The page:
Michigan State head coach Mark Dantonio will soon have a big decision upon his hands: Does he dismiss a very talented high school prospect due to trouble with the law and time spent in jail, or allow the young man to join his team and possibly become a huge distraction?
Over the weekend, it was announced that Michigan State recruit Jayru Campbell, 17, would spend 60 days in jail as part of his conviction for the assault of a school security officer at Cass Tech, where Campbell played.
Reports are that Campbell was asked to remove his hood when entering the school (which is in accordance to mandatory school rules) and when he refused, he was told to report to the principal's office. After a short altercation, Campbell then slammed the officer's head into the floor.
In addition to his jail time, Campbell was required to write a letter of apology to the security officer and read it aloud in the courtroom, which he did, stating that he was sorry and has learned from the Jan. 22 incident and would handle things differently now. The officer did not attend the sentencing.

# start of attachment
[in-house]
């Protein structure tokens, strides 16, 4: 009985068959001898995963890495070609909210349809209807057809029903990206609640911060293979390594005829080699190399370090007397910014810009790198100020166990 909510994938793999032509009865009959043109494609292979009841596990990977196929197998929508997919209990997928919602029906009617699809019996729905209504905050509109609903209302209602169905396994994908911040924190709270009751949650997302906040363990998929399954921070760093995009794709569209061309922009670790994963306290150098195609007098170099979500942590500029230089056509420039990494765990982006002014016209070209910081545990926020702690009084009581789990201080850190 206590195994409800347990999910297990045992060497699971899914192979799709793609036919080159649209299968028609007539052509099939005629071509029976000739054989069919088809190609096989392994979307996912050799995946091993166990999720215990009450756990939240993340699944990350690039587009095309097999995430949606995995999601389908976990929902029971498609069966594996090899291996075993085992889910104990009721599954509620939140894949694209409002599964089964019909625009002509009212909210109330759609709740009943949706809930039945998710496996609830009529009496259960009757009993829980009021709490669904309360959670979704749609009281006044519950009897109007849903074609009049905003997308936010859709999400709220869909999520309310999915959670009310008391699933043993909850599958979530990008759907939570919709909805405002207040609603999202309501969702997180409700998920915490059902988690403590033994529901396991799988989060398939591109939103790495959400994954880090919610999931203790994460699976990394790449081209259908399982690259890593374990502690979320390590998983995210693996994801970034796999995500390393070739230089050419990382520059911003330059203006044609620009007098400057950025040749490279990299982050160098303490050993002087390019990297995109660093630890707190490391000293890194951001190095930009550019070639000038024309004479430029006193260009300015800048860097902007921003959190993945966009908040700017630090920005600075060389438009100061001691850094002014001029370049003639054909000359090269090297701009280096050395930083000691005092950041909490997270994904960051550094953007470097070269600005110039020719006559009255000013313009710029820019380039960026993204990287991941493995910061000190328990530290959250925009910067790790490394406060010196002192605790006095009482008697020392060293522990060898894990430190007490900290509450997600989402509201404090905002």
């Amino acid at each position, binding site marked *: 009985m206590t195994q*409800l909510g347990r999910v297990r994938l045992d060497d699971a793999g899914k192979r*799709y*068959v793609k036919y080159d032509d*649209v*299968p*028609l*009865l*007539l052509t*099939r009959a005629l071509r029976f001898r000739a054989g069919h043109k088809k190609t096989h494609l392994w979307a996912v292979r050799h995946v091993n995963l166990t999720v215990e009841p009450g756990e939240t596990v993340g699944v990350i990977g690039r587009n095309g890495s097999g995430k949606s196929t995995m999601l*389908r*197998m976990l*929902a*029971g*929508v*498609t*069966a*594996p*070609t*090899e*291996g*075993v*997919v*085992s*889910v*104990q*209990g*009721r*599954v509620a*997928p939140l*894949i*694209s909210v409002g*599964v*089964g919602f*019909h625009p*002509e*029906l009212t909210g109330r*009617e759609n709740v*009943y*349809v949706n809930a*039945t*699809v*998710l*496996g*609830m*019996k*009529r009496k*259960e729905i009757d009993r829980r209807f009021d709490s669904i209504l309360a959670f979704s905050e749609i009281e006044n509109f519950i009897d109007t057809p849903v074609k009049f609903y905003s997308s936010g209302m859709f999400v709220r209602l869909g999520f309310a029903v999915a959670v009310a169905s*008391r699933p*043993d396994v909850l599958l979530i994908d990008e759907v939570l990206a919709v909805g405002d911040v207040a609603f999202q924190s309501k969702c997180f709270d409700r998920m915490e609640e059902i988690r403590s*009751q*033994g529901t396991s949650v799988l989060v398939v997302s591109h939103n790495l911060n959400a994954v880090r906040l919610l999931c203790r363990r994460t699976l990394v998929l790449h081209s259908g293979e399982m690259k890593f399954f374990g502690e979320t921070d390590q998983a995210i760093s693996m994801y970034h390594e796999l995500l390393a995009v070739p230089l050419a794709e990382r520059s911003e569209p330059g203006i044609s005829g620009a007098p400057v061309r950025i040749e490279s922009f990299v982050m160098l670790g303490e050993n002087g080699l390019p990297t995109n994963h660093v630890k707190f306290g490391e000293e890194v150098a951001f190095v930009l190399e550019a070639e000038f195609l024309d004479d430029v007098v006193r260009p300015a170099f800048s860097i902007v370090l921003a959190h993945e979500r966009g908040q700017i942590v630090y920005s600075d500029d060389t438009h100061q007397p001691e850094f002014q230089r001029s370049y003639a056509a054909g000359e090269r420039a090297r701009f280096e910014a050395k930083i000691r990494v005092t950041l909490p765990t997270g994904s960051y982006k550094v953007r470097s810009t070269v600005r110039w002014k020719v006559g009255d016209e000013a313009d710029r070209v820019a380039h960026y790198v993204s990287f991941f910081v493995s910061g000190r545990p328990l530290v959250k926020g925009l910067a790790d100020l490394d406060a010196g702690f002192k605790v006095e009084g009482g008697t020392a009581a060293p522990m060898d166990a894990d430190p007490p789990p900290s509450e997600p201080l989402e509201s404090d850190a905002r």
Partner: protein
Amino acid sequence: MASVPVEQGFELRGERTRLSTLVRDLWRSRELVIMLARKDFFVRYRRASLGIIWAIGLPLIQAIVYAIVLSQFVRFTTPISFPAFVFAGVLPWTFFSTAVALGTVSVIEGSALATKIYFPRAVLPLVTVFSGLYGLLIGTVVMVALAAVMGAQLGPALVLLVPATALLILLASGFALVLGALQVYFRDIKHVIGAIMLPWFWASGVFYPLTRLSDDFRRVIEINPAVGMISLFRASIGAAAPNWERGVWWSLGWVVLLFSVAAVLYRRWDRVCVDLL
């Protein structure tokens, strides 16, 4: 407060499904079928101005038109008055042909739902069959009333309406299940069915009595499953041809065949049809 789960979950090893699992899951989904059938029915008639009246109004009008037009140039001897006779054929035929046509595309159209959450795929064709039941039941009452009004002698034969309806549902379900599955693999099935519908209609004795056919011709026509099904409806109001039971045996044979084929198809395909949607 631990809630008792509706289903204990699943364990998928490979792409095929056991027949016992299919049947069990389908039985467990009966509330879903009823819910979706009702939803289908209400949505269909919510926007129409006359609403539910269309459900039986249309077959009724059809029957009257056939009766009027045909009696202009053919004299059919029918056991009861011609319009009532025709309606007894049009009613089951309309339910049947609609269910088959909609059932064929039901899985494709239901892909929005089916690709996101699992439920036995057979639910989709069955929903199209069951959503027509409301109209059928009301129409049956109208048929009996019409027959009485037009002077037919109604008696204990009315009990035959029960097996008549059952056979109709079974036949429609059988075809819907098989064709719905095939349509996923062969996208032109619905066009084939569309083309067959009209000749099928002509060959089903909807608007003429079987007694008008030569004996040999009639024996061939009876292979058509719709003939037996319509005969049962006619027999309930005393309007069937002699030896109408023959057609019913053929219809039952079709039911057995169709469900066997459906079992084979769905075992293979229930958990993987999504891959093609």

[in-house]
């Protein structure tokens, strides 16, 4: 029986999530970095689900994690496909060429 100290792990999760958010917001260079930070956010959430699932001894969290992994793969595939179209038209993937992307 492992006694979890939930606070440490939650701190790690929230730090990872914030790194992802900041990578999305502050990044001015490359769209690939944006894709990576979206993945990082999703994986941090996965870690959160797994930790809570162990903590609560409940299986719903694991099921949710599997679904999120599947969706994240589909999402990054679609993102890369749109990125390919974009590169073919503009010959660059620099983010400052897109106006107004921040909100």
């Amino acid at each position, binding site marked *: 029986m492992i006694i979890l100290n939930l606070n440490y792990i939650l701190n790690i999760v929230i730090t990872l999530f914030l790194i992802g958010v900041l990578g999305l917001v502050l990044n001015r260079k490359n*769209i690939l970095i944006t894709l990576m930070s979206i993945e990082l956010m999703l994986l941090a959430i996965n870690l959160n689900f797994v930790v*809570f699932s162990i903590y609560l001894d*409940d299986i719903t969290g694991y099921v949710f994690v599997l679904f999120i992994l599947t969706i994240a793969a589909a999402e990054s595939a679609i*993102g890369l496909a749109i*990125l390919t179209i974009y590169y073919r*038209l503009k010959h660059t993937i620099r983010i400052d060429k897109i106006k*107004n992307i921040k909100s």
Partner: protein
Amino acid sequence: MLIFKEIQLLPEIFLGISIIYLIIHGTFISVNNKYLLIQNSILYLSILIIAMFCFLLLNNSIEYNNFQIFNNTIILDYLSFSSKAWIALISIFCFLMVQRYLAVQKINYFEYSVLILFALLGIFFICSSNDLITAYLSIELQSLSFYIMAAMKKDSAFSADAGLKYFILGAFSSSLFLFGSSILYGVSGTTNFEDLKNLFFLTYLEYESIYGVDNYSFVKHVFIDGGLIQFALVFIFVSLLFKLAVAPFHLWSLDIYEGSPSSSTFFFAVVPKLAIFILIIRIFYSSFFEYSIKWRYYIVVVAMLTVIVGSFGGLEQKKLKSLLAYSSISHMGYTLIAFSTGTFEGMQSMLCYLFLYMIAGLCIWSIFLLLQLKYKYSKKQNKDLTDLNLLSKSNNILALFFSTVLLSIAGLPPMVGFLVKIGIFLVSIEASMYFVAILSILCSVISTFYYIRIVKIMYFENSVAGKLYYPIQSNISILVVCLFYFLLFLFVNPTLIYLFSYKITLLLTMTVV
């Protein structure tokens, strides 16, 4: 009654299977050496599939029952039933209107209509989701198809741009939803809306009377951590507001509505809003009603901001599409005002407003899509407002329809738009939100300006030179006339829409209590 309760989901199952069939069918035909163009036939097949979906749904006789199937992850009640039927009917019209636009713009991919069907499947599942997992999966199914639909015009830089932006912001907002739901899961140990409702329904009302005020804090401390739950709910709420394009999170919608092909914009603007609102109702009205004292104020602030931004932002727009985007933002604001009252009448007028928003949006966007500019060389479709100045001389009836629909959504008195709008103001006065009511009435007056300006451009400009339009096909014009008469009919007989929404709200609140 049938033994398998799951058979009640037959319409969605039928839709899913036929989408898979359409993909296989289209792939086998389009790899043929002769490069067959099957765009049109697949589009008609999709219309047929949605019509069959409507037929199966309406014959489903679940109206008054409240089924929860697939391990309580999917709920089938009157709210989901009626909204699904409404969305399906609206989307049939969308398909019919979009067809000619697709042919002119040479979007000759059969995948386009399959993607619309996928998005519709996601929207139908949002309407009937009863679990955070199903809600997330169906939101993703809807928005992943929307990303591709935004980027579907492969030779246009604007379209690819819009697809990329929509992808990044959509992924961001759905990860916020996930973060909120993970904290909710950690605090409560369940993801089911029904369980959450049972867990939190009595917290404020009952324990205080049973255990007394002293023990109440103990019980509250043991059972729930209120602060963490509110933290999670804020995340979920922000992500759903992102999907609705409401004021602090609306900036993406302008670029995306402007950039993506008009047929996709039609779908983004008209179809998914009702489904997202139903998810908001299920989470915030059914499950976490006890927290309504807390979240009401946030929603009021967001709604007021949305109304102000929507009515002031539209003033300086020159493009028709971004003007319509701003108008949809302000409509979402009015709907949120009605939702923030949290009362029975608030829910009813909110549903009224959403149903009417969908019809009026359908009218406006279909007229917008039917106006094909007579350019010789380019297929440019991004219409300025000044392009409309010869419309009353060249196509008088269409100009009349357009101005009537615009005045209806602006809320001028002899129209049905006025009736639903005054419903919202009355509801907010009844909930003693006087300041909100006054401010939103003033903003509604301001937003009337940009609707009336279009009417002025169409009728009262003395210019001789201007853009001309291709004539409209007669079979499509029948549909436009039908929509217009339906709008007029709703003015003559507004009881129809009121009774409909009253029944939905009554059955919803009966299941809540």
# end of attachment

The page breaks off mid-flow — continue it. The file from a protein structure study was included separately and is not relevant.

Campbell must also attend and participate in psychological counseling and anger management classes.
After his release, the young football star will serve 15 months probation and must perform 75 hours of community service, as well. He is expected to turn himself in to serve his jail time in July after he completes summer school.
Before the January incident took place, Campbell, a talented and highly-sought after quarterback, had committed to play football at Michigan State. MSU coaches and personnel are not allowed to comment on the legal and penal issues now surrounding Campbell, as per NCAA regulations and rules, and his status with the school is unclear.
Mark Dantonio has taken chances on risky players who have had legal troubles in the past, but with the new-found success that Michigan State has been enjoying, including a Big Ten Championship and a Rose Bowl victory over Stanford, the national spotlight is now upon East Lansing more than ever. The pressure to avoid athletes who would present themselves as a liability is now greater than ever for the coach.
Campbell was earlier charged with assault with intent to do great bodily harm, a felony, and aggravated assault, a misdemeanor. He then plead guilty to the misdemeanor after the felony charge was dropped last month.
You can follow MSU writer, Michael Ferro, at twitter.com/MichaelFerro.